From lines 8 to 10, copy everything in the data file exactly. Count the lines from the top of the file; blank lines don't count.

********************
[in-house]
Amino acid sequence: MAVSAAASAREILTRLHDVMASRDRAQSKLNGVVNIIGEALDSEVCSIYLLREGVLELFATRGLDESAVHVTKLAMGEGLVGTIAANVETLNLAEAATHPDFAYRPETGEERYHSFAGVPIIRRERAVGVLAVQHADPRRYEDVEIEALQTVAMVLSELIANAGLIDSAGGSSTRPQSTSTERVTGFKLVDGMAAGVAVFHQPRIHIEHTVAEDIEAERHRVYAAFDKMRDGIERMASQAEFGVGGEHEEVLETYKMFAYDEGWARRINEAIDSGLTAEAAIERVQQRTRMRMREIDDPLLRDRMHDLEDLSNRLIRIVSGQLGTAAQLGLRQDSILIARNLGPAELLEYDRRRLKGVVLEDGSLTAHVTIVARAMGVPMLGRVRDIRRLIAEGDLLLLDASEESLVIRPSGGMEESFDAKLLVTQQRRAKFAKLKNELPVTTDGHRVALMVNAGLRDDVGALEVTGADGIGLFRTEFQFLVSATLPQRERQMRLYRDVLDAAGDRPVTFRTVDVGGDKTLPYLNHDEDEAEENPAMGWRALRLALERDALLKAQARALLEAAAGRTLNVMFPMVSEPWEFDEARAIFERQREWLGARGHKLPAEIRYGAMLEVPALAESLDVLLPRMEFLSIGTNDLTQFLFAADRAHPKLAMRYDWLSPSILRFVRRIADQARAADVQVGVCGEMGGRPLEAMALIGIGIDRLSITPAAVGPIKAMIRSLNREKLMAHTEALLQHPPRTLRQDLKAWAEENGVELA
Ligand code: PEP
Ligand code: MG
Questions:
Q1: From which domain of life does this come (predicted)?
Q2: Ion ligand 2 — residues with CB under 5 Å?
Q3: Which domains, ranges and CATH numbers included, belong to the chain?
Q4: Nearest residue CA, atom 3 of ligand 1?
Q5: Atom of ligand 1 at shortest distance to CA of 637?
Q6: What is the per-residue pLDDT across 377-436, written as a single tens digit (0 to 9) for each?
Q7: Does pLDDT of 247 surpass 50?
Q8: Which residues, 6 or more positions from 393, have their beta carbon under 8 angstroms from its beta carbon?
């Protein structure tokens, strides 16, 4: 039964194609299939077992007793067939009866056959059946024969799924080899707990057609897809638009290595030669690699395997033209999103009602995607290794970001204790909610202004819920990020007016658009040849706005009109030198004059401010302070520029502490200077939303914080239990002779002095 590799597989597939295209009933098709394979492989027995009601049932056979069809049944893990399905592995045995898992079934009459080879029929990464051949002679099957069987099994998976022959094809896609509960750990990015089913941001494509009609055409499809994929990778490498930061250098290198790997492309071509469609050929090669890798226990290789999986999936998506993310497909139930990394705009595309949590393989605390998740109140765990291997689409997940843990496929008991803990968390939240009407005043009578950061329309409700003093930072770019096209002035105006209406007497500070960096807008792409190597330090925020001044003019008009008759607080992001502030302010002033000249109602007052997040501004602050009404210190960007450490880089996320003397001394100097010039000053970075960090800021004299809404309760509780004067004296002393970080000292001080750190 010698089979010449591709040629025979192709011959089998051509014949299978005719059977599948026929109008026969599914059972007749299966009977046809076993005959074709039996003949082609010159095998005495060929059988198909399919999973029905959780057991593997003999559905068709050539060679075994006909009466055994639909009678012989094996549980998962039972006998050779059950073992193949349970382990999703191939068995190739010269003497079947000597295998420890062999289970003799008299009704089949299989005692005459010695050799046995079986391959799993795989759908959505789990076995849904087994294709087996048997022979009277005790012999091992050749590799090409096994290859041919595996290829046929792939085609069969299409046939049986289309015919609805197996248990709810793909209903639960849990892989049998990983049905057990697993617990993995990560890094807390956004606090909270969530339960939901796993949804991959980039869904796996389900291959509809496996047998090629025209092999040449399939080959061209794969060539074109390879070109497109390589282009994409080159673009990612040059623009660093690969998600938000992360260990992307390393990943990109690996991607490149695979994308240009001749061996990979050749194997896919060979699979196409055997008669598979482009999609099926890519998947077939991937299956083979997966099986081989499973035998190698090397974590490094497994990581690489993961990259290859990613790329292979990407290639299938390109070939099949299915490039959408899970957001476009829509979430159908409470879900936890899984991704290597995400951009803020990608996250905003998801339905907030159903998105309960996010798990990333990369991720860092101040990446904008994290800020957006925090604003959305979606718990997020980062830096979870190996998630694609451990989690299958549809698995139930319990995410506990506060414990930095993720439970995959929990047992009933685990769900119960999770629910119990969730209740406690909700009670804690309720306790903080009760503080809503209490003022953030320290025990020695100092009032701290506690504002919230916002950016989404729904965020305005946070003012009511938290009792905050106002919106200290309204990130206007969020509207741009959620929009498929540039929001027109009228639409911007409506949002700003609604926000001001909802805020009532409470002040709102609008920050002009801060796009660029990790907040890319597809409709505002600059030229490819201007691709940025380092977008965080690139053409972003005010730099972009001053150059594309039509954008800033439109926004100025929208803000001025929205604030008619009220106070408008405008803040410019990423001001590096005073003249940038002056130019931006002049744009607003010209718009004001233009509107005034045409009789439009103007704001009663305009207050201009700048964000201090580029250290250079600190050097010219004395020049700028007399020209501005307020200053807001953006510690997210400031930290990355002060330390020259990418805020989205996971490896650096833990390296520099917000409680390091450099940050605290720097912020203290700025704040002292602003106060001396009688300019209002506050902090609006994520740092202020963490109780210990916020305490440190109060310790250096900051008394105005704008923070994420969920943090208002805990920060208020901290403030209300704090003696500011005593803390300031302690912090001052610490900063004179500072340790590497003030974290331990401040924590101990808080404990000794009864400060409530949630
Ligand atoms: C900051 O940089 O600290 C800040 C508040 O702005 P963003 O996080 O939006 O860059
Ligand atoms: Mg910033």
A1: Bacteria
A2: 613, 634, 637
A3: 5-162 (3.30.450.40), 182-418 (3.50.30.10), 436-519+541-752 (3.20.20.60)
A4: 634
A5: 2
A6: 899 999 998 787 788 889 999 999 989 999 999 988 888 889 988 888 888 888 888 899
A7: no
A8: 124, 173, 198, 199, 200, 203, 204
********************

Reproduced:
Q3: Which domains, ranges and CATH numbers included, belong to the chain?
Q4: Nearest residue CA, atom 3 of ligand 1?
Q5: Atom of ligand 1 at shortest distance to CA of 637?